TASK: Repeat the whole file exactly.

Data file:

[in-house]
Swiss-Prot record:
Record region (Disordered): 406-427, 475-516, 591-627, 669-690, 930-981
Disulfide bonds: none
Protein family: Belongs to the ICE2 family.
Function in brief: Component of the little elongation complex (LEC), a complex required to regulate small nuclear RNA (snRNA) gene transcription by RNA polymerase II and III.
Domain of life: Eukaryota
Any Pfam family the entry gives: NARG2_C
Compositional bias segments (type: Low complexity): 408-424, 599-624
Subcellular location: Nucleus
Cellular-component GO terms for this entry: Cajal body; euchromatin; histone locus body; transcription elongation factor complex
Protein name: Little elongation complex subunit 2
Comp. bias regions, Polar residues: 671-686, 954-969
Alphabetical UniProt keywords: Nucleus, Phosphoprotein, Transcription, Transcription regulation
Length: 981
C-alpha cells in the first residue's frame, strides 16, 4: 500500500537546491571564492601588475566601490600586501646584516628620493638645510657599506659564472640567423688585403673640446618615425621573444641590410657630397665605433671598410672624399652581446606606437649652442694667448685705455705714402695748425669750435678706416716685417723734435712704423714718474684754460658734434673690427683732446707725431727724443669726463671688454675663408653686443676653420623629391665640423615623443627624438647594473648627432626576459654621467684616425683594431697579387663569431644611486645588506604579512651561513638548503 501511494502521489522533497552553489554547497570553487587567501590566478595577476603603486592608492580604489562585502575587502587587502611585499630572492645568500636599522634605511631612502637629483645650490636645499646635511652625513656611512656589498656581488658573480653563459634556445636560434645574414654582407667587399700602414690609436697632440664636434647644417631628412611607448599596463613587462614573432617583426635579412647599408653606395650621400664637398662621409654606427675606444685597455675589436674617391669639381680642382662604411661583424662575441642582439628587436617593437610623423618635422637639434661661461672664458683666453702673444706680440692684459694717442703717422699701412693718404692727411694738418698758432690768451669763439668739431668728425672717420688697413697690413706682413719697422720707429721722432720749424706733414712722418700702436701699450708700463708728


[in-house]
Swiss-Prot record:
Record region (Disordered): 406-427, 475-516, 591-627, 669-690, 930-981
Disulfide bonds: none
Protein family: Belongs to the ICE2 family.
Function in brief: Component of the little elongation complex (LEC), a complex required to regulate small nuclear RNA (snRNA) gene transcription by RNA polymerase II and III.
Domain of life: Eukaryota
Any Pfam family the entry gives: NARG2_C
Compositional bias segments (type: Low complexity): 408-424, 599-624
Subcellular location: Nucleus
Cellular-component GO terms for this entry: Cajal body; euchromatin; histone locus body; transcription elongation factor complex
Protein name: Little elongation complex subunit 2
Comp. bias regions, Polar residues: 671-686, 954-969
Alphabetical UniProt keywords: Nucleus, Phosphoprotein, Transcription, Transcription regulation
Length: 981
C-alpha cells in the first residue's frame, strides 16, 4: 500500500537546491571564492601588475566601490600586501646584516628620493638645510657599506659564472640567423688585403673640446618615425621573444641590410657630397665605433671598410672624399652581446606606437649652442694667448685705455705714402695748425669750435678706416716685417723734435712704423714718474684754460658734434673690427683732446707725431727724443669726463671688454675663408653686443676653420623629391665640423615623443627624438647594473648627432626576459654621467684616425683594431697579387663569431644611486645588506604579512651561513638548503 501511494502521489522533497552553489554547497570553487587567501590566478595577476603603486592608492580604489562585502575587502587587502611585499630572492645568500636599522634605511631612502637629483645650490636645499646635511652625513656611512656589498656581488658573480653563459634556445636560434645574414654582407667587399700602414690609436697632440664636434647644417631628412611607448599596463613587462614573432617583426635579412647599408653606395650621400664637398662621409654606427675606444685597455675589436674617391669639381680642382662604411661583424662575441642582439628587436617593437610623423618635422637639434661661461672664458683666453702673444706680440692684459694717442703717422699701412693718404692727411694738418698758432690768451669763439668739431668728425672717420688697413697690413706682413719697422720707429721722432720749424706733414712722418700702436701699450708700463708728